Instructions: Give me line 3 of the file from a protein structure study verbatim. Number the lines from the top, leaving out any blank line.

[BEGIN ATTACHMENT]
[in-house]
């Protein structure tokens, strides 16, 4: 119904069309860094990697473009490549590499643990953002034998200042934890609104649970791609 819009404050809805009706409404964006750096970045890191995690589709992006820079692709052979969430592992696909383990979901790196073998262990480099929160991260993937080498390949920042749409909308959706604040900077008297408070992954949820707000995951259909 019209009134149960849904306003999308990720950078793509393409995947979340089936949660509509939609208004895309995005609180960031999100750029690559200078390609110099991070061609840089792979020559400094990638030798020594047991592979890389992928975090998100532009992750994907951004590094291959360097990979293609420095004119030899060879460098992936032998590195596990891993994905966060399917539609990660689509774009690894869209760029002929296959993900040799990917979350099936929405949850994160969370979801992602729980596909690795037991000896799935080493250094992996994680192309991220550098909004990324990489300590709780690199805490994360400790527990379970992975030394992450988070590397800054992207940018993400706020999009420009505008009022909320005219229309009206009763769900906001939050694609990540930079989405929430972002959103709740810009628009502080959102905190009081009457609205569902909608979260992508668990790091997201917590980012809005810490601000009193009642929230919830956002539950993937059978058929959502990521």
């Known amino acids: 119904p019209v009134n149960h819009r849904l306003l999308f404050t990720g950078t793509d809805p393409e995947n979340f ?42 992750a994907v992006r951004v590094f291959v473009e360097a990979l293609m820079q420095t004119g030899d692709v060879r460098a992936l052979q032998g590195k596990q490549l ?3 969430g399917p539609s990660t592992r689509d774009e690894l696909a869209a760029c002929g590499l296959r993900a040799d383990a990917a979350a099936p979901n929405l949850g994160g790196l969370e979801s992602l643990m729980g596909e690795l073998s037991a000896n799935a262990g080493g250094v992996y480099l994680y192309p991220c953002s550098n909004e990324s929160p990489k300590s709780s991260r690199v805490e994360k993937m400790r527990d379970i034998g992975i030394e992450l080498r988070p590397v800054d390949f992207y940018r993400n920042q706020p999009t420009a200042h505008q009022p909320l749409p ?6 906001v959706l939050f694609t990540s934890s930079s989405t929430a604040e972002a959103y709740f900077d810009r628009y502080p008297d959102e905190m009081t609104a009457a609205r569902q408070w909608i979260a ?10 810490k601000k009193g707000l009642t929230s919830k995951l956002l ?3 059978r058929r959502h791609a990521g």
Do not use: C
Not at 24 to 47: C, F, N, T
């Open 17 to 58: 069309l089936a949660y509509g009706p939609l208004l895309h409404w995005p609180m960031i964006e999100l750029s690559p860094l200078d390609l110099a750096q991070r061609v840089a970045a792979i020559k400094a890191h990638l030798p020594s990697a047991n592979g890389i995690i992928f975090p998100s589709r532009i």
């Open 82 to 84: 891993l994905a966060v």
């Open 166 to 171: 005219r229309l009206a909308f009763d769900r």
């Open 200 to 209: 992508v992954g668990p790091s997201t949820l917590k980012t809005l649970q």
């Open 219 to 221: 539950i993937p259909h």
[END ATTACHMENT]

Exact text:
């Known amino acids: 119904p019209v009134n149960h819009r849904l306003l999308f404050t990720g950078t793509d809805p393409e995947n979340f ?42 992750a994907v992006r951004v590094f291959v473009e360097a990979l293609m820079q420095t004119g030899d692709v060879r460098a992936l052979q032998g590195k596990q490549l ?3 969430g399917p539609s990660t592992r689509d774009e690894l696909a869209a760029c002929g590499l296959r993900a040799d383990a990917a979350a099936p979901n929405l949850g994160g790196l969370e979801s992602l643990m729980g596909e690795l073998s037991a000896n799935a262990g080493g250094v992996y480099l994680y192309p991220c953002s550098n909004e990324s929160p990489k300590s709780s991260r690199v805490e994360k993937m400790r527990d379970i034998g992975i030394e992450l080498r988070p590397v800054d390949f992207y940018r993400n920042q706020p999009t420009a200042h505008q009022p909320l749409p ?6 906001v959706l939050f694609t990540s934890s930079s989405t929430a604040e972002a959103y709740f900077d810009r628009y502080p008297d959102e905190m009081t609104a009457a609205r569902q408070w909608i979260a ?10 810490k601000k009193g707000l009642t929230s919830k995951l956002l ?3 059978r058929r959502h791609a990521g």